Posts Tagged ‘Coloring schemes’

Coloring graphs.

Coloring scheme I.

Coloring scheme II.

At the top you can see two different frames for visualizations of information during different times of a particular simulation. I’m not going to tell you the details of the simulation, nor what the graphs are going to represent (this is still in the ‘top secret’ category: it is work in progress and a lot of stuff can change before we decide to go public with this). In the meantime enjoy the pretty pictures. What I’m trying to figure out is which color scheme looks better. Warning: don’t expect to see graphs like this in any of my papers in the near future.

Here is the deal: coloring schemes produce emotions in the recipient. Different coloring schemes give people different feelings about information. For example, red is usually associated to hot, while blue is associated to cool. However, a blue star is hotter than a red star. The red/blue association is probably due to fire/ice. Fire tends to be reddish, and ice is kind of bluish, but when we see things according to the radiated energy at different frequencies we get a completely different picture.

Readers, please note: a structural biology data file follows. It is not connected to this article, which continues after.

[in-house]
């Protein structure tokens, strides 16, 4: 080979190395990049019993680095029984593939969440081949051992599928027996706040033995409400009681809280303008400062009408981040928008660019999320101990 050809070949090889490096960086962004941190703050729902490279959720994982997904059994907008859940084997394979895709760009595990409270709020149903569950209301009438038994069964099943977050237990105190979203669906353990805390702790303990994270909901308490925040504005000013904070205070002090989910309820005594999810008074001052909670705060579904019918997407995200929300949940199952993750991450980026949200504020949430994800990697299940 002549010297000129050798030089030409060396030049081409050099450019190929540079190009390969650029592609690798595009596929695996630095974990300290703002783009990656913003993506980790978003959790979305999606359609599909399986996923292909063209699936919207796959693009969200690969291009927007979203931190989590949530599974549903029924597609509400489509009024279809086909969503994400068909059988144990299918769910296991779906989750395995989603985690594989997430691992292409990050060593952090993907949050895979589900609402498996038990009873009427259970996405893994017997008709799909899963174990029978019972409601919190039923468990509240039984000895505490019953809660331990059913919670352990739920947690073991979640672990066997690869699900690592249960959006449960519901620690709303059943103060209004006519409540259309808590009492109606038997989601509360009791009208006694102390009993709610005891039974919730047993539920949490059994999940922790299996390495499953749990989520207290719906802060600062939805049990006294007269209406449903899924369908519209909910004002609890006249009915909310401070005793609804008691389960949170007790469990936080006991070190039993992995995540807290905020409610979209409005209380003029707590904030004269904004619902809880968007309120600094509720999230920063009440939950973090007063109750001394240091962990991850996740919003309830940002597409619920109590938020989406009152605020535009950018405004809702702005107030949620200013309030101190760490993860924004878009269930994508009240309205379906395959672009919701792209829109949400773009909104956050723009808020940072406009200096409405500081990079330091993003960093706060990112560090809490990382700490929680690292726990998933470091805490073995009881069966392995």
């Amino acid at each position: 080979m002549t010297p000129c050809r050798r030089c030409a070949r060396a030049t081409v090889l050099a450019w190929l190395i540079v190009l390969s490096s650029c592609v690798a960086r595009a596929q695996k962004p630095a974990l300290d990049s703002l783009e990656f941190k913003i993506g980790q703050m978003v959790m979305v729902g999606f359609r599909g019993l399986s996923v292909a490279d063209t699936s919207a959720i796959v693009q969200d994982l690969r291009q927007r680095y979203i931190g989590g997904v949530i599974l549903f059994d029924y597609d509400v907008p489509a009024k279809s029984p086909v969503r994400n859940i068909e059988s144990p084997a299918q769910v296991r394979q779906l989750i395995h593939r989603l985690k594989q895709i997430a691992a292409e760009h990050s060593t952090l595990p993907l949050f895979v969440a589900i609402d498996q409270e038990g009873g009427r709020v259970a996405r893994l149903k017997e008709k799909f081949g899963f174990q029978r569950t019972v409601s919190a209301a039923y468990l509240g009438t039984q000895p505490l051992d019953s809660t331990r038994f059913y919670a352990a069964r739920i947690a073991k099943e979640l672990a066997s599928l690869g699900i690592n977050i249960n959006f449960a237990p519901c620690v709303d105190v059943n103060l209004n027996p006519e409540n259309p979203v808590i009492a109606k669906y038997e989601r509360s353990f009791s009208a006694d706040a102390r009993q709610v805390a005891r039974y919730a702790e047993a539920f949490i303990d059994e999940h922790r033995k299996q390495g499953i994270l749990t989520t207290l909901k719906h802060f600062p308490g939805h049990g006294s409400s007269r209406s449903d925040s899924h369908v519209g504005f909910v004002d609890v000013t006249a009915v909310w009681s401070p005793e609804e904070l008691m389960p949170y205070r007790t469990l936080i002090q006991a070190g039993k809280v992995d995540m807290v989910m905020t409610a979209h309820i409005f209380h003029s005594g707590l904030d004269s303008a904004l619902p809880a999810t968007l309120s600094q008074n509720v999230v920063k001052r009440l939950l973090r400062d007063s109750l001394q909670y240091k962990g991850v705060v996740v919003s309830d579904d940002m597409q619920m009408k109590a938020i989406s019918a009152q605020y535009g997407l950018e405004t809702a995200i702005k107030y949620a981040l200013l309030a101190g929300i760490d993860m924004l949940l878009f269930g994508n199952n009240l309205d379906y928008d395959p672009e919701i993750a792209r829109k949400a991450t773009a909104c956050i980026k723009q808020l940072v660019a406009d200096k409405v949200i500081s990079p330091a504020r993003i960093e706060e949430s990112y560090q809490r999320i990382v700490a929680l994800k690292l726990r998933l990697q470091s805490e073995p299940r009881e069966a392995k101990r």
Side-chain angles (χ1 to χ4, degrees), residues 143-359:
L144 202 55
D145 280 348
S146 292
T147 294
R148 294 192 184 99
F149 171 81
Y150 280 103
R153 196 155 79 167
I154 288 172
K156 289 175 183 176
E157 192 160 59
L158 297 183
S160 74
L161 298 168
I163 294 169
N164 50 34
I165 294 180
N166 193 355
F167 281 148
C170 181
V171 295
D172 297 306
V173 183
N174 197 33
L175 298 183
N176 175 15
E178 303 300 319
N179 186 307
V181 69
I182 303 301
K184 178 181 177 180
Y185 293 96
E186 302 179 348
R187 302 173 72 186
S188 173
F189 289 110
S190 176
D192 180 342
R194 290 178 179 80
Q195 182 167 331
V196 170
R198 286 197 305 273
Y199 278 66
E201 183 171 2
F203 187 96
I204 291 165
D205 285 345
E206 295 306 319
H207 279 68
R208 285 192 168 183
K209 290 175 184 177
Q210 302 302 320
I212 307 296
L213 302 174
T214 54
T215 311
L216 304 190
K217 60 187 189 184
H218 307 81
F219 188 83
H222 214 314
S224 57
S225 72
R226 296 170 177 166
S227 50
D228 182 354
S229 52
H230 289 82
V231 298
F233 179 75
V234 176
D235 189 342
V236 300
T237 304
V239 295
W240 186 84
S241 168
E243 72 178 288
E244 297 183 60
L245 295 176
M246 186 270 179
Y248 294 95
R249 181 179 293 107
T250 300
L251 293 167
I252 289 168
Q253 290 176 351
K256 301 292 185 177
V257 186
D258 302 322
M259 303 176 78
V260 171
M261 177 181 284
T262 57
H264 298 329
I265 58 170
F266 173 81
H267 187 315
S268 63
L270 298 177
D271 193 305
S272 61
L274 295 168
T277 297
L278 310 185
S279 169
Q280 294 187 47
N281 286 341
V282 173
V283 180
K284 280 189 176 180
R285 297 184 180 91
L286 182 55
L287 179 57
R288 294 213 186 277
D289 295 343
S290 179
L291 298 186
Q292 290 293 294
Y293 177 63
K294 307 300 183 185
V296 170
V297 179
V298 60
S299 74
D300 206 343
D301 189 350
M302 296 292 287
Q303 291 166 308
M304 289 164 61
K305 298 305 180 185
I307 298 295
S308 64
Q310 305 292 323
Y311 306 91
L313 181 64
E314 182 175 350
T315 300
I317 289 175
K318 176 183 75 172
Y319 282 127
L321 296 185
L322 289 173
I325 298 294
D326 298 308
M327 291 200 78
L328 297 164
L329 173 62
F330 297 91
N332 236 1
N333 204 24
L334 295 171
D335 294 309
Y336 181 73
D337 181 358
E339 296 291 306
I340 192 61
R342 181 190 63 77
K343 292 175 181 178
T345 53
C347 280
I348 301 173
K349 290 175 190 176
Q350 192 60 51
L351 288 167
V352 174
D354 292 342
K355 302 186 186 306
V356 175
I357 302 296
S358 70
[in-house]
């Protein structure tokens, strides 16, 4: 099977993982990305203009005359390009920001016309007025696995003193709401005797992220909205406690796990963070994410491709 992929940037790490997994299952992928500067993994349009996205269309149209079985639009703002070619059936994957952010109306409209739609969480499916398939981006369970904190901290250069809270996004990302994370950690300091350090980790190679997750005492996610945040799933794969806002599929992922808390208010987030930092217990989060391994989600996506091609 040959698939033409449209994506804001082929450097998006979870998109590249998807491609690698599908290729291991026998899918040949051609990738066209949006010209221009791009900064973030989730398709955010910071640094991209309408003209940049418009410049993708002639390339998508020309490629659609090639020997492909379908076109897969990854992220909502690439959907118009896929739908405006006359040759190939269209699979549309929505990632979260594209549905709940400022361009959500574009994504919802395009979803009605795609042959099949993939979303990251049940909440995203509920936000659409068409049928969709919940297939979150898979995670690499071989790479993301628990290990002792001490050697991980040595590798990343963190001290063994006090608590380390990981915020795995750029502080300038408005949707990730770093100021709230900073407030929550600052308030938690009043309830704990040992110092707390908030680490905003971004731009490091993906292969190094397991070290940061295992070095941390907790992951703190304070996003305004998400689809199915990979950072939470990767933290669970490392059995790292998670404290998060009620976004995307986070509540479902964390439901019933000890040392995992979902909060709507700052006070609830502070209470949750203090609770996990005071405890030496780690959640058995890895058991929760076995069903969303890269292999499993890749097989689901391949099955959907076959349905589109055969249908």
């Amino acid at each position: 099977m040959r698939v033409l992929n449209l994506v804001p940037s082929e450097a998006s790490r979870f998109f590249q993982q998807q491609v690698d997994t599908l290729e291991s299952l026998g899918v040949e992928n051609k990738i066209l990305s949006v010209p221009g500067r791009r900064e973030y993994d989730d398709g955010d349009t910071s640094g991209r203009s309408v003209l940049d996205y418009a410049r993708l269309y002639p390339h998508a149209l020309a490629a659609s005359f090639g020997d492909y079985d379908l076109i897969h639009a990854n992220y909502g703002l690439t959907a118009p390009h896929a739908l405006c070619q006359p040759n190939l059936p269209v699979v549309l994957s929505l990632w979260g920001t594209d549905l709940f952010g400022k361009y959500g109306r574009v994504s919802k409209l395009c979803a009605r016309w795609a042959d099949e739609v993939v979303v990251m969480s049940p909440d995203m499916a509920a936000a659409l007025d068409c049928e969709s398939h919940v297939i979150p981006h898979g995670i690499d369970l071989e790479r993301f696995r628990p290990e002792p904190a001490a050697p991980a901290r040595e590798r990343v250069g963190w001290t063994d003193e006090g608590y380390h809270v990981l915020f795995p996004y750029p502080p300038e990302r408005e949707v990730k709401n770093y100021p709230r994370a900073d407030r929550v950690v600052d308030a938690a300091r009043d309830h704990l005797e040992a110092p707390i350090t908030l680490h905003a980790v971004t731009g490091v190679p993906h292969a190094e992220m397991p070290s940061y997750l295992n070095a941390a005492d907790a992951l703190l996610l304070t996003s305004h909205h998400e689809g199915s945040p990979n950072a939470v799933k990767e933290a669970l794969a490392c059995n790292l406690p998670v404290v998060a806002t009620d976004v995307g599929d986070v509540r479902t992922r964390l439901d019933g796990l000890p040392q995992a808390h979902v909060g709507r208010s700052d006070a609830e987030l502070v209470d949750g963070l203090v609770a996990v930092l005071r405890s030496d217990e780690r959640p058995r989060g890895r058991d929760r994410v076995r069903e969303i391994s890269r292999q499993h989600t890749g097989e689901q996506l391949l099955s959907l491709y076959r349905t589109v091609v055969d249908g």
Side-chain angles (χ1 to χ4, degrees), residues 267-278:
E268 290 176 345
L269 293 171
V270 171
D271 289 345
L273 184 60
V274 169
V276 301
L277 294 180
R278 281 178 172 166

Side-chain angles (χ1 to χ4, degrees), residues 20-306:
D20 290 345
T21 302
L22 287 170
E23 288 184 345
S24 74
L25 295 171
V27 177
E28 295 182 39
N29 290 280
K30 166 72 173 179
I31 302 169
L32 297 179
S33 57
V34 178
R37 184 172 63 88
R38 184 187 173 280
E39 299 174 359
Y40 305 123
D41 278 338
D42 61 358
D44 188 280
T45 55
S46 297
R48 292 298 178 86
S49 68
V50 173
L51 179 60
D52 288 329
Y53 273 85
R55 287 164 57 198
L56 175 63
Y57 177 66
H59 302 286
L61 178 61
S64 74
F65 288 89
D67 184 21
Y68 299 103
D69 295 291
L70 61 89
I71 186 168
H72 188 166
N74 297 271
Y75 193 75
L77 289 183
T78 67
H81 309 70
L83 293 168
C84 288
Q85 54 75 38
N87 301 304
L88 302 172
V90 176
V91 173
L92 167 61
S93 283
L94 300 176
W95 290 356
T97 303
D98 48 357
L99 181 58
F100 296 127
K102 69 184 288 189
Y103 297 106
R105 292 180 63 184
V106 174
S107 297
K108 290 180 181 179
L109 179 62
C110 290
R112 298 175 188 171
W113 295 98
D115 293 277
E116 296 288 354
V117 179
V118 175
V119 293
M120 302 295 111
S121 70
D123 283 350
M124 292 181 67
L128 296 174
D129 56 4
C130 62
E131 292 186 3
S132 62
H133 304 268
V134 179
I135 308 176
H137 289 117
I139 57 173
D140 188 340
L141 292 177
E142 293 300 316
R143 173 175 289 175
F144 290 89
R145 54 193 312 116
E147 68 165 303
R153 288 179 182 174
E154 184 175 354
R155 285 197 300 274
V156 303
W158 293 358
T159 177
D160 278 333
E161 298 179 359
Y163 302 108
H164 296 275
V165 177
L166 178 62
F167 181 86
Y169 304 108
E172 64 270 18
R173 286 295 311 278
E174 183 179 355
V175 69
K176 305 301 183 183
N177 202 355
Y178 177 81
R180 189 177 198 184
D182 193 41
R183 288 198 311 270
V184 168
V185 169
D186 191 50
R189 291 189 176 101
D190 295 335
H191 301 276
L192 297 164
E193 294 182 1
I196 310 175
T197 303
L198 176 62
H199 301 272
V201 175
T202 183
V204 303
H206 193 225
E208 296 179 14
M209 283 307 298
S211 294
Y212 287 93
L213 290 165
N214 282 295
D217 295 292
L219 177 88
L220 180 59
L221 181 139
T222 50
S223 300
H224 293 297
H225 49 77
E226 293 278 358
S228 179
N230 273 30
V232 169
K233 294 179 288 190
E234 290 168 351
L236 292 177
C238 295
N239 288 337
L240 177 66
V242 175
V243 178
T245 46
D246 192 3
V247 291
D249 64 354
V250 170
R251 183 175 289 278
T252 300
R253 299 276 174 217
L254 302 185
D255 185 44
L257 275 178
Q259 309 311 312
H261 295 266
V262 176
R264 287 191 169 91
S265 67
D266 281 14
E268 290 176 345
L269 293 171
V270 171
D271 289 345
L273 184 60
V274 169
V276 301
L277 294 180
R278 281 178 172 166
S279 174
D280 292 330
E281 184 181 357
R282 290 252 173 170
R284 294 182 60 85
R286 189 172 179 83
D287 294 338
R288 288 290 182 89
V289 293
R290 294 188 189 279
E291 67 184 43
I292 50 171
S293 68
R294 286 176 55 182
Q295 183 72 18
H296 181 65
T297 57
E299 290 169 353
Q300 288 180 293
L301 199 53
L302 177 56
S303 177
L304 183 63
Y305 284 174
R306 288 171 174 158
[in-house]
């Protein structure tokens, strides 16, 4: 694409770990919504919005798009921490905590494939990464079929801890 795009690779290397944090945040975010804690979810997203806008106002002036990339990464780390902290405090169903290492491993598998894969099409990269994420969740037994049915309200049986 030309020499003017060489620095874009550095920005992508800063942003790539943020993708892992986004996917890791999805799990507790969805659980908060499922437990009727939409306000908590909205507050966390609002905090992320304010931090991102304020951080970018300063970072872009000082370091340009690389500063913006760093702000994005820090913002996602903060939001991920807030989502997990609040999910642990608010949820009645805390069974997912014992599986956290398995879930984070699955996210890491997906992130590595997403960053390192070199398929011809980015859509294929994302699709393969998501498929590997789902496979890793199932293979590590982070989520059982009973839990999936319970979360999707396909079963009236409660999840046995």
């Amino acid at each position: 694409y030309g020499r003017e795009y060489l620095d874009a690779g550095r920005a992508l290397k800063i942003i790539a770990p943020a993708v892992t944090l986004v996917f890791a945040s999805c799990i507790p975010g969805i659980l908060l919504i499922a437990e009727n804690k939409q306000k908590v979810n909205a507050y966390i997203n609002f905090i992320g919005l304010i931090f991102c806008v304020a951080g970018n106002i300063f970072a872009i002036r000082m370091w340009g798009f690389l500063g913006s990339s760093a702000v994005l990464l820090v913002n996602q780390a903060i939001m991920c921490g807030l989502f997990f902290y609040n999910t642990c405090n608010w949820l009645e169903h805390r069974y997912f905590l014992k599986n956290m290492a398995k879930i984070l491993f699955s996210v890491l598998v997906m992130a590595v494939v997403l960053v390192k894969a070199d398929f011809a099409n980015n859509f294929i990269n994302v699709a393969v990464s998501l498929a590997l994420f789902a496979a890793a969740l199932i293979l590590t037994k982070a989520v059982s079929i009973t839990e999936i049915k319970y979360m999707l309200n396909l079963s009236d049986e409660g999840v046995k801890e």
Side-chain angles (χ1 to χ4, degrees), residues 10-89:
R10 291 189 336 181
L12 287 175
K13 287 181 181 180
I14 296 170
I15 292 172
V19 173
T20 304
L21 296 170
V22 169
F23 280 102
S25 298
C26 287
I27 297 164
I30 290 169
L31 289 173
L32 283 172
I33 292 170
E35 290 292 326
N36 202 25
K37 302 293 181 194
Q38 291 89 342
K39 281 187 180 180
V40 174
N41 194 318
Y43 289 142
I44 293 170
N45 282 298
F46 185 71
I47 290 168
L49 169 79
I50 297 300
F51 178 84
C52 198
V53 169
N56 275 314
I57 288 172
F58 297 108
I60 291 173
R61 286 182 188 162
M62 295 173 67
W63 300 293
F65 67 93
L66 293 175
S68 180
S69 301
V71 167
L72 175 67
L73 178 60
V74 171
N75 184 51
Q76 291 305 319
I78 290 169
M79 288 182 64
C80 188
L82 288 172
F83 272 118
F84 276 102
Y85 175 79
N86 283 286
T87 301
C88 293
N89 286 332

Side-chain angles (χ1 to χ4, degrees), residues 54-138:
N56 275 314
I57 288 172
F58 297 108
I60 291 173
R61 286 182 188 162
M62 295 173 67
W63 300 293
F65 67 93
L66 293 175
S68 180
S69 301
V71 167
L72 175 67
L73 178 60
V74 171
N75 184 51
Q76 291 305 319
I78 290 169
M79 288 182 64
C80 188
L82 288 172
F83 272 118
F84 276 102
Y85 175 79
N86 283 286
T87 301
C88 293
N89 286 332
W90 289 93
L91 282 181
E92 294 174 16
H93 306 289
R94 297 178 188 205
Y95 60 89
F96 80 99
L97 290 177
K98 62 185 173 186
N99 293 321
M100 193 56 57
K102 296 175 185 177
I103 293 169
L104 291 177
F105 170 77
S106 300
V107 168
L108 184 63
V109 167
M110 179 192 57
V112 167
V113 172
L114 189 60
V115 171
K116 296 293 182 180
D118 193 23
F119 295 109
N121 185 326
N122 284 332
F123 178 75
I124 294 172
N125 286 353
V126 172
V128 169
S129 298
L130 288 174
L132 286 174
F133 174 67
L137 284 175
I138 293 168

When presenting scientific information, choices like this one often present themselves. And it makes a difference on how the recipient audiences perceive the quality of the work… or even better: the coolness factor of the work.

The big questions are: what emotions do the above graphs give you? Which one do you like best? Why?

In the end they are conveying sufficiently similar raw information, but though I know this is true, I feel different about it. They have a different artistic feel to them. I just thought I’d share some of these issues and maybe even get some feedback.

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